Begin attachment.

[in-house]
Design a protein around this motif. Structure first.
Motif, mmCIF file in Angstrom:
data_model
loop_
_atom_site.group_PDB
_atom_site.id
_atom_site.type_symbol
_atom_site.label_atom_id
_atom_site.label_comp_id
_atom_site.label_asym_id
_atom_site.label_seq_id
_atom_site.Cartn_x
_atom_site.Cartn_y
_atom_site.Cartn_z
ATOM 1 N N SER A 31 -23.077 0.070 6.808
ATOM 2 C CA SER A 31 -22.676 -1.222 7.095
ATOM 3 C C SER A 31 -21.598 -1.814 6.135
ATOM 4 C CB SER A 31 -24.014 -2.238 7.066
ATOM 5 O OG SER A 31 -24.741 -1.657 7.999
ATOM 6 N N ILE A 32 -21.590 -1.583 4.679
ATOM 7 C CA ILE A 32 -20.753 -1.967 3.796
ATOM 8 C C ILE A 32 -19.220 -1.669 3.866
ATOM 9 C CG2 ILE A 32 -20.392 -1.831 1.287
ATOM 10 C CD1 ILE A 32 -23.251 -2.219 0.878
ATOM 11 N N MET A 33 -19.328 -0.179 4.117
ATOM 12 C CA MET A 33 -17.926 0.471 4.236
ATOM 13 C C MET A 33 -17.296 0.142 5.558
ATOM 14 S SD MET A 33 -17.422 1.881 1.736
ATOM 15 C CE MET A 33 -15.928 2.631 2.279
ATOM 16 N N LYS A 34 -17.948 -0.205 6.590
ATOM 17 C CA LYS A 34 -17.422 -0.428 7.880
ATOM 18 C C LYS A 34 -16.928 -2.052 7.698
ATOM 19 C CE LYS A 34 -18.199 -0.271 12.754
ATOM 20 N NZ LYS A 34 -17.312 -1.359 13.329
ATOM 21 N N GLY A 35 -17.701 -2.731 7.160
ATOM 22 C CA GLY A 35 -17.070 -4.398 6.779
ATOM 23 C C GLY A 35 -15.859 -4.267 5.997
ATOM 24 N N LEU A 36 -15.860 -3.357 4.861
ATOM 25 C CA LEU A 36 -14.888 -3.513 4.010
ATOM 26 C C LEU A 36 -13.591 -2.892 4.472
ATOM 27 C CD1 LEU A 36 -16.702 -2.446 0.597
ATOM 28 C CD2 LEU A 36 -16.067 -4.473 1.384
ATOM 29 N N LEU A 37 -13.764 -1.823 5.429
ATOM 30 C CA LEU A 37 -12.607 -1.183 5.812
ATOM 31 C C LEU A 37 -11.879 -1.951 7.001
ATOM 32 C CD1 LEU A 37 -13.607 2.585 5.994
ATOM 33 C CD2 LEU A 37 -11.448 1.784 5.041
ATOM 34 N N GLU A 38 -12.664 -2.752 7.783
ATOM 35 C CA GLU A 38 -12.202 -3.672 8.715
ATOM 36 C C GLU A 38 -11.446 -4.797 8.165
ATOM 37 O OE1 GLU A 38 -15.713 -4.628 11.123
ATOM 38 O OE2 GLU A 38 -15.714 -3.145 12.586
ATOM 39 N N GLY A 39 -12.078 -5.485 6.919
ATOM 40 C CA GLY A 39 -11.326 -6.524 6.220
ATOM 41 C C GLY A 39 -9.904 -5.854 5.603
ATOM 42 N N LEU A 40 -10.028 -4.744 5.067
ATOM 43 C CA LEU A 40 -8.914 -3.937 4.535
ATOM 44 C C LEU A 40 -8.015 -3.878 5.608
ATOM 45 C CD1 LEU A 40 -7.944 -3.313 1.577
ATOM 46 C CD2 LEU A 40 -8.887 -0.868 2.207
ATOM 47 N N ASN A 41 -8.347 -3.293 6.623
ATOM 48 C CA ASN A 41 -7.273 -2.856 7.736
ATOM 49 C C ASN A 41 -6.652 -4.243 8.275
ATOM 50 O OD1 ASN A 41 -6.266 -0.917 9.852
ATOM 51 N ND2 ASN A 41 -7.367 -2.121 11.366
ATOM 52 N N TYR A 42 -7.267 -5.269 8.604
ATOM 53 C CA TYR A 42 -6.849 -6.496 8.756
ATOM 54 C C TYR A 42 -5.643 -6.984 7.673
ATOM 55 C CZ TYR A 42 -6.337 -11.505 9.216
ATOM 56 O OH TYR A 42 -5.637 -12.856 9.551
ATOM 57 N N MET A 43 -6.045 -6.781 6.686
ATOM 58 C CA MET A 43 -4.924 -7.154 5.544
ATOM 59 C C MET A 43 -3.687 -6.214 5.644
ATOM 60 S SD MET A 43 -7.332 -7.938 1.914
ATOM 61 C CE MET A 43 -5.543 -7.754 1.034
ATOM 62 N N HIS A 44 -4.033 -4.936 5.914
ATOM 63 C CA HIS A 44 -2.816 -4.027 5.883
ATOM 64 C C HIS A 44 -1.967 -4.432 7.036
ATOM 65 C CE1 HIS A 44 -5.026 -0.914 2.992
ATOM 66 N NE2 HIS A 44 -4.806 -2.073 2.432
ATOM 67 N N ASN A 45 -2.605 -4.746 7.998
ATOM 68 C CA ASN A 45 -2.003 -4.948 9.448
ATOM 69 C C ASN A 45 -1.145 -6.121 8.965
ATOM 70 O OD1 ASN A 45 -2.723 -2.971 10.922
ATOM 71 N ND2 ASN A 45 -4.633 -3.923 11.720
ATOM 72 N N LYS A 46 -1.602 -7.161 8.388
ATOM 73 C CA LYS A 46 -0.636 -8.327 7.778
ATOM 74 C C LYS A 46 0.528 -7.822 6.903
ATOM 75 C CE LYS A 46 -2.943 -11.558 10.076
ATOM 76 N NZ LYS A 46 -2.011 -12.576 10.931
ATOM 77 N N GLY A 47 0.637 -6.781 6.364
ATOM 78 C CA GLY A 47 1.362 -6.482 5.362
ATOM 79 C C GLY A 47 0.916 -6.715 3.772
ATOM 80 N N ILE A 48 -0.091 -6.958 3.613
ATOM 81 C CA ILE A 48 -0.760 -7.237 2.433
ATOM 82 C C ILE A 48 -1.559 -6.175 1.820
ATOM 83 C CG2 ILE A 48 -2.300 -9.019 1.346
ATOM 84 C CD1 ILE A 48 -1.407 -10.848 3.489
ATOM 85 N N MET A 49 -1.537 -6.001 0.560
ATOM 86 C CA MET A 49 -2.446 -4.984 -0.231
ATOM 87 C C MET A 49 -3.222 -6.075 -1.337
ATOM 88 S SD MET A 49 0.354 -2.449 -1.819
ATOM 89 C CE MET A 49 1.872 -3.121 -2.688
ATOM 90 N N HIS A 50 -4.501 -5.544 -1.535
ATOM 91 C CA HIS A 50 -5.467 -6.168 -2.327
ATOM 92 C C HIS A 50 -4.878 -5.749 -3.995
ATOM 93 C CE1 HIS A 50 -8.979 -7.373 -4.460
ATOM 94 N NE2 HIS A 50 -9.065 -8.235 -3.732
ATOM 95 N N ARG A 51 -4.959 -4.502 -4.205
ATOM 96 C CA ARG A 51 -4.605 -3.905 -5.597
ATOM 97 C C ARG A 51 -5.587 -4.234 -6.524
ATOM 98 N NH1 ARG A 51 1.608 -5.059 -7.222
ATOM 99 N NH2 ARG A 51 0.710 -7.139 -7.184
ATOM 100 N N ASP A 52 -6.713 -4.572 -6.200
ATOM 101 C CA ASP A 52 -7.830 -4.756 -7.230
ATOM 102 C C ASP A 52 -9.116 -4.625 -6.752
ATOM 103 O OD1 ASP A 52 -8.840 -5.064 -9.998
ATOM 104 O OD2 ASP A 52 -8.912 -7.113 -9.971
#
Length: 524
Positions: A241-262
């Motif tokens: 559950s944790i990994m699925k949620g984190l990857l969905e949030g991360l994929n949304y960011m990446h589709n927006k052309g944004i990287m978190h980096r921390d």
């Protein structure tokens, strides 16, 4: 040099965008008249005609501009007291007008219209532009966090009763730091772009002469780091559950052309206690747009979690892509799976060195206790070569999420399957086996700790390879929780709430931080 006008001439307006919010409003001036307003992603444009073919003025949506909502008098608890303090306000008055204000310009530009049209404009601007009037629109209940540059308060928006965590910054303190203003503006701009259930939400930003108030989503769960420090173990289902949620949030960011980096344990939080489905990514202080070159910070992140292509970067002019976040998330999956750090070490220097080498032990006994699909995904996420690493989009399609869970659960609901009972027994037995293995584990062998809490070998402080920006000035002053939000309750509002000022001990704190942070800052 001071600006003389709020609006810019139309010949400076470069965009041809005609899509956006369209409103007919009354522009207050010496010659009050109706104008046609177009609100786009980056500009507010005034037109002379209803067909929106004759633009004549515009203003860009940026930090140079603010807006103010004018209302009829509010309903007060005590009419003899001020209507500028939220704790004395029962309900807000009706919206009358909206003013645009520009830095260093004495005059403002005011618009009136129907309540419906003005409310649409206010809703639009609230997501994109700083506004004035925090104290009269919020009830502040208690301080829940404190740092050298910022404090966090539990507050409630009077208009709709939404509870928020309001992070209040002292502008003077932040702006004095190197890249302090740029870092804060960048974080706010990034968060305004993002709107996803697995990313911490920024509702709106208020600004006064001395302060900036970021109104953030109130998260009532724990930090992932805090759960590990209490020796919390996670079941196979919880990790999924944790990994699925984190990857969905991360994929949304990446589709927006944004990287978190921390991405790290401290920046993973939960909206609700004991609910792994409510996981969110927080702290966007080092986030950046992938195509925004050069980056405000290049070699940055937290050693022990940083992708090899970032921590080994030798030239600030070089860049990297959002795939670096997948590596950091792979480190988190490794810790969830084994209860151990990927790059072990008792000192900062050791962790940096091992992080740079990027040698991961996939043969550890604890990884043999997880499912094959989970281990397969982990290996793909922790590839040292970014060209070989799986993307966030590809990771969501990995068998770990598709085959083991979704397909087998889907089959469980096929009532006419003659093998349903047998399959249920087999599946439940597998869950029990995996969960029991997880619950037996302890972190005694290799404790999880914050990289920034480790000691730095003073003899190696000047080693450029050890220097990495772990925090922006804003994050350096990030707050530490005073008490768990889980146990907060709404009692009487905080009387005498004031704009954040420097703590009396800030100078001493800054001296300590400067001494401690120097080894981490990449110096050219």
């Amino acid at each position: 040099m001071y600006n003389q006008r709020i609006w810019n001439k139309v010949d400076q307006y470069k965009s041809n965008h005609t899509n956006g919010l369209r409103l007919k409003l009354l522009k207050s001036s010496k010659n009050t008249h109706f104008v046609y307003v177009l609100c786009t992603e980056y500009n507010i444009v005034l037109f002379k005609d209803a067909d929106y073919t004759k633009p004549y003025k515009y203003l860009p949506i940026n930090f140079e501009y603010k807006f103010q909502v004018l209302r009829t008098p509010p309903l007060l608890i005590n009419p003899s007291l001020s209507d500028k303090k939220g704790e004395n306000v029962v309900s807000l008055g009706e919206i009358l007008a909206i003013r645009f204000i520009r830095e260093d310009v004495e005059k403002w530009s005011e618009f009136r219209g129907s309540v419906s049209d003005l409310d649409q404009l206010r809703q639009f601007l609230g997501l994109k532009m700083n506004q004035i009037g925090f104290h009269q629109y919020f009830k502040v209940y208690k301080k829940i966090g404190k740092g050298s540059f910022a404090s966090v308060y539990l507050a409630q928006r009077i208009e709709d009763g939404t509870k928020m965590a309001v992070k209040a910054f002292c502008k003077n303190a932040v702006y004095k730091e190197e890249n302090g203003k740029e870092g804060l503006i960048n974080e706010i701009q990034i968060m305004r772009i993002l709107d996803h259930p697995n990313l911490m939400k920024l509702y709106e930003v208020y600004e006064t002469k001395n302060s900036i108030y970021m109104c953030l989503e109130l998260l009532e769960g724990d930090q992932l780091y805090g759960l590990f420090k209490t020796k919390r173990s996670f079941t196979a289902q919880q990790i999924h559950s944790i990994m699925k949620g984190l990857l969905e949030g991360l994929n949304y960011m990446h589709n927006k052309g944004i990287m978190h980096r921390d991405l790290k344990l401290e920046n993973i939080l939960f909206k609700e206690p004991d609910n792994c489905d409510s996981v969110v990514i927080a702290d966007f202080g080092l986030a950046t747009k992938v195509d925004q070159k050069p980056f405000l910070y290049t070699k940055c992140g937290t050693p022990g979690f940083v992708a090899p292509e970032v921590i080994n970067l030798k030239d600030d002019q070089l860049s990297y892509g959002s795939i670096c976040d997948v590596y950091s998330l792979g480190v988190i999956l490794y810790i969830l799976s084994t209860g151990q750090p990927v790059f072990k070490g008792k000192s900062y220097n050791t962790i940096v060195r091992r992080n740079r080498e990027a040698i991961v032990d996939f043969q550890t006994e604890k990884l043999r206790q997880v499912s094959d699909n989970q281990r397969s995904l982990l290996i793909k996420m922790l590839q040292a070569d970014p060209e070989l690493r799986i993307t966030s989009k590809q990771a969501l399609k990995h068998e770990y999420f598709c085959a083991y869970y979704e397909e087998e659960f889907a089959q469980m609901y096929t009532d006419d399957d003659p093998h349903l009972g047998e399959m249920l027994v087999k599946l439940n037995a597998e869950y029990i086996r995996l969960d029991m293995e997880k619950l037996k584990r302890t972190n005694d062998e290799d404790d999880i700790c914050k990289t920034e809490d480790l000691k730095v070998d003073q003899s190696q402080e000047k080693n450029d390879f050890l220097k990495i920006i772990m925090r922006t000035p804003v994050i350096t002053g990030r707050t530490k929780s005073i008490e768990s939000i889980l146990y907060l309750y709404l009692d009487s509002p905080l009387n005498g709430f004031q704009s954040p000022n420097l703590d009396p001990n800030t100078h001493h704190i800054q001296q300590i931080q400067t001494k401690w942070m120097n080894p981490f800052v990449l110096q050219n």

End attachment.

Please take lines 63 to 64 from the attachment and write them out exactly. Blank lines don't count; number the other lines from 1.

ATOM 48 C CA ASN A 41 -7.273 -2.856 7.736
ATOM 49 C C ASN A 41 -6.652 -4.243 8.275